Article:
Last month, I told you all about the contest — “Calling All Herbivores: Tell Us Why It’s Unethical to Eat Meat” — hosted by the FABULOUS animal rights blog Our Hen House in response to The New York Times‘ contest “Tell Us Why It’s Ethical to Eat Meat.”
Asking readers to submit an essay in 600 words or less, Our Hen House published the essays from winner Alan W. Peck and the 4 runners-up (Ashley Capps, Joanna Strittmatter, Britt LoSacco and Loren Fry). You should seriously go check out their essays. They’re passionate, articulate and funny. In short, really good.
While I didn’t win (waaah), I still wanted to share my essay with all of you. While I tweaked it a bit (hindsight truly is 20/20), here is my contest entry arguing why it’s unethical to eat meat:
As a vegan feminist, combating oppression and advocating choice constitute the cornerstone of my activism. People should choose what’s right for them, including what to put in their bodies.
But what does it say about us as a society when the majority of people contribute to the senseless slaughter and torture of ten billion animals annually by eating meat? Is it ethical to kill innocent animals or exploit them for our entertainment?
No it’s not, especially if people have a choice.
I have awesome friends who eat meat and awesome friends who don’t. Eating meat certainly doesn’t mean you lack compassion. But every choice a vegan makes — what food to eat, what clothing to wear, what to slather on skin — stems from a philosophy of empathy, mercy and kindness towards animals and the planet. Predicated on compassionate consumption, vegans align actions with beliefs.
Whether people love animals or not (how could you not??), most people eating meat still don’t want animals to suffer. Yet they disconnect the pain animals feel with enjoyment they gain. People either don’t know or don’t think about what animals endured to end up on their plate.
Factory farms, the overwhelming majority of today’s farms, cram animals into filthy, stench-filled, windowless warehouses. Chickens’ beaks are seared off to prevent them from pecking. Hens lay eggs on less than half a square foot of space. Dairy cows and pigs are kept perpetually pregnant, forcibly inseminated on rape racks in order to continually produce milk and produce litters. Sows are kept in gestation crates so tight they can’t turn around. Piglets’ tails are chopped off. All baby animals are wrenched from their mothers. In fisheries, fish suffer pollution and overcrowding. Fish have their gills sliced off before being tossed into a tank of water, where they bleed to death. Animals on factory farms are tortured, often becoming violent, cannibalistic and despondent, all before suffering an excruciating death.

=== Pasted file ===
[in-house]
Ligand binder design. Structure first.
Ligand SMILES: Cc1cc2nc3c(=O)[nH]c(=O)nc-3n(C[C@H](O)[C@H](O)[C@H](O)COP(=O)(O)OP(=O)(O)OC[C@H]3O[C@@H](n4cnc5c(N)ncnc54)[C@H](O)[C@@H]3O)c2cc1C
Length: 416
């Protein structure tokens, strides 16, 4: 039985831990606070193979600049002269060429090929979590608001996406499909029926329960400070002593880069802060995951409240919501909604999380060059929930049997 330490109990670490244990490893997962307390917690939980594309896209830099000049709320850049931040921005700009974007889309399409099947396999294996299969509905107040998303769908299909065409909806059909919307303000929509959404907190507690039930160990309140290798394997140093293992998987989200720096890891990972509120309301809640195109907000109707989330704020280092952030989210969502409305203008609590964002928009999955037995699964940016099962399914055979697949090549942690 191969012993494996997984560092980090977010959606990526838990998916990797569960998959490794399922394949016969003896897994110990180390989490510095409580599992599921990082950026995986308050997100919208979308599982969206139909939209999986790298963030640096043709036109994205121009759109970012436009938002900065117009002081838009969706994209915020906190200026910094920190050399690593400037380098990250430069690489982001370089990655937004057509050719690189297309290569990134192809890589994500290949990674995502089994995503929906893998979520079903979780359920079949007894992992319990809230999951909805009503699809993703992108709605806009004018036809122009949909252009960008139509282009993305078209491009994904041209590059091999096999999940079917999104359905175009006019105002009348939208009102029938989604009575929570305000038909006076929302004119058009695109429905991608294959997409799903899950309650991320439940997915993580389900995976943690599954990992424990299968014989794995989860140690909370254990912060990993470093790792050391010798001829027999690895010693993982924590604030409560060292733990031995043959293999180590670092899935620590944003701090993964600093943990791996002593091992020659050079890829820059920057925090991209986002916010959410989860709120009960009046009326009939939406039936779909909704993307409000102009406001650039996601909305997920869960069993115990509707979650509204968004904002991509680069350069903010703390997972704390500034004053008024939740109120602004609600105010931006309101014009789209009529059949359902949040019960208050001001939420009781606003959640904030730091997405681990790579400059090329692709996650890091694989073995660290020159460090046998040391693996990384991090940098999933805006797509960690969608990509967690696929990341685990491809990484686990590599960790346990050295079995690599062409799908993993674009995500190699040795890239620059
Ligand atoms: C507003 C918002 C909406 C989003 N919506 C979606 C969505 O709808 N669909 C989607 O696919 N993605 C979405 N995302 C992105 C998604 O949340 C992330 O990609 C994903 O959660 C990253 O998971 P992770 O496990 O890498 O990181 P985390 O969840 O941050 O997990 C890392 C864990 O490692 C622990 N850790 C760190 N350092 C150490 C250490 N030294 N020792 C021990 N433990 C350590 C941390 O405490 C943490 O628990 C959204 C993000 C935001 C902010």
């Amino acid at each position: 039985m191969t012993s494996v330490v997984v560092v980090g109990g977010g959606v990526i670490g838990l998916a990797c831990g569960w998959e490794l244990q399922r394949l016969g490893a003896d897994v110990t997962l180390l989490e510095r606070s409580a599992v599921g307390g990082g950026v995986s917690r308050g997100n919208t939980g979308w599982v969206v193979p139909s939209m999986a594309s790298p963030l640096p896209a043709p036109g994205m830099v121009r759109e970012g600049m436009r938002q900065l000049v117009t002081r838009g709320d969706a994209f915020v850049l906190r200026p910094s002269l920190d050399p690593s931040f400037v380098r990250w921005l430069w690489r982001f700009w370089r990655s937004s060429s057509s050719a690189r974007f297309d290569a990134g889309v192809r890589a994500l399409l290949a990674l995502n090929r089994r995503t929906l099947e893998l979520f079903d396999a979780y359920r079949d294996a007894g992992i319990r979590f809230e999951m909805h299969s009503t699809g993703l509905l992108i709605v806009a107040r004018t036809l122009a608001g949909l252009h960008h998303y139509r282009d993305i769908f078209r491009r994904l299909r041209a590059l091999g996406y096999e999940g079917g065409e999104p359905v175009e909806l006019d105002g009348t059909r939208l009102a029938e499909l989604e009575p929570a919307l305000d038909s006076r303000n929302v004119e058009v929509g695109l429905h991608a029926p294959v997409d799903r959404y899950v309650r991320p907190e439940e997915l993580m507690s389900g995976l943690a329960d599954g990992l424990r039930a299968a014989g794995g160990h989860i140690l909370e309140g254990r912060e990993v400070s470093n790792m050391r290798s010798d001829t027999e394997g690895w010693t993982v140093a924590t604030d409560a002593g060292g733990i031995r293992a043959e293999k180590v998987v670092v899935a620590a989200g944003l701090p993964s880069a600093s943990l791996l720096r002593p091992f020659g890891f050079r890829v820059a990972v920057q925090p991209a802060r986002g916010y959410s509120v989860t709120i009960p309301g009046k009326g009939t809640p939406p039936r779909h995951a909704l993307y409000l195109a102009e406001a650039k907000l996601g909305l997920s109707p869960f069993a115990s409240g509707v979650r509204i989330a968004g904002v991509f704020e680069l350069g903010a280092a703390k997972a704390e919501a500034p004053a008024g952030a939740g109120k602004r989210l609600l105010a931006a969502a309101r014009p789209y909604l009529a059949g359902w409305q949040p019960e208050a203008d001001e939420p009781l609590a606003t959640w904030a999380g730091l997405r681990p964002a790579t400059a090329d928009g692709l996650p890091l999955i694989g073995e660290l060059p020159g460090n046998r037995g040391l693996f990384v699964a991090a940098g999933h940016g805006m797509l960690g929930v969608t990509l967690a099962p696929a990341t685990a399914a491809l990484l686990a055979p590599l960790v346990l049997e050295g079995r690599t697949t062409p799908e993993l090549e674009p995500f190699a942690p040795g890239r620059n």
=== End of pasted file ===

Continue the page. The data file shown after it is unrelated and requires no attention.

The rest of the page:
Language shapes perception and identity. People don’t call animals they eat by their actual name but by constructed “food” titles. Cows become beef, calves are veal, pigs called pork — disassociating animals from their existence and transforming them into objects. Laws mandate animals are property. This paradigm makes it easier to abuse or objectify their bodies without guilt or remorse.
Society views eating meat as “natural,” which has historically been used to justify abhorrent practices like slavery, racism and sexism. While not everyone may be able to eat vegan due to health problems, lack of access to non-meat food sources (such as Indigenous communities in the Arctic) or financial constraints, humans don’t need meat. Most of us can obtain all the nutrients we need from fruits, vegetables, grains, nuts and legumes. In her fascinating book Why We Love Dogs, Eat Pigs, and Wear Cows, Dr. Melanie Joy, with her coinage of the term “carnism,” argues eating meat is every bit a choice as not eating meat. Society reinforces that it’s a choice we don’t see.
Food intertwines with culture and tradition, a defense meat-eaters argue for their lifestyle. But people don’t need to abandon their heritage or customs. You can embrace your heritage while substituting vegan/vegetarian ingredients.
Utilizing speciesism, some people proclaim superiority over animals as a justification to eat them. Myths abound that some animals are stupid (chickens), dirty (pigs) or ugly (turkeys) so it’s okay if they become food. Although food taboos in various cultures and religions prohibit eating certain animals like pigs (Islam, Judaism) or cows (Hinduism). Most people don’t want to eat animals they bond with — why the thought of eating dogs disgusts most Americans.
But all animals lead emotional lives. In his beautiful book When Elephants Weep, author Jeffrey Moussaieff Masson discusses how animals belong to families, communicate, grieve lost loved ones, and utilize tools. Animals experience and exhibit the full scope of emotions ranging from anger to altruism.
What we put in our bodies is a personal decision. But what I keep struggling with is how can people choose to contribute to an oppressive system that harms so many? We can choose another way. We can strive towards compassion instead.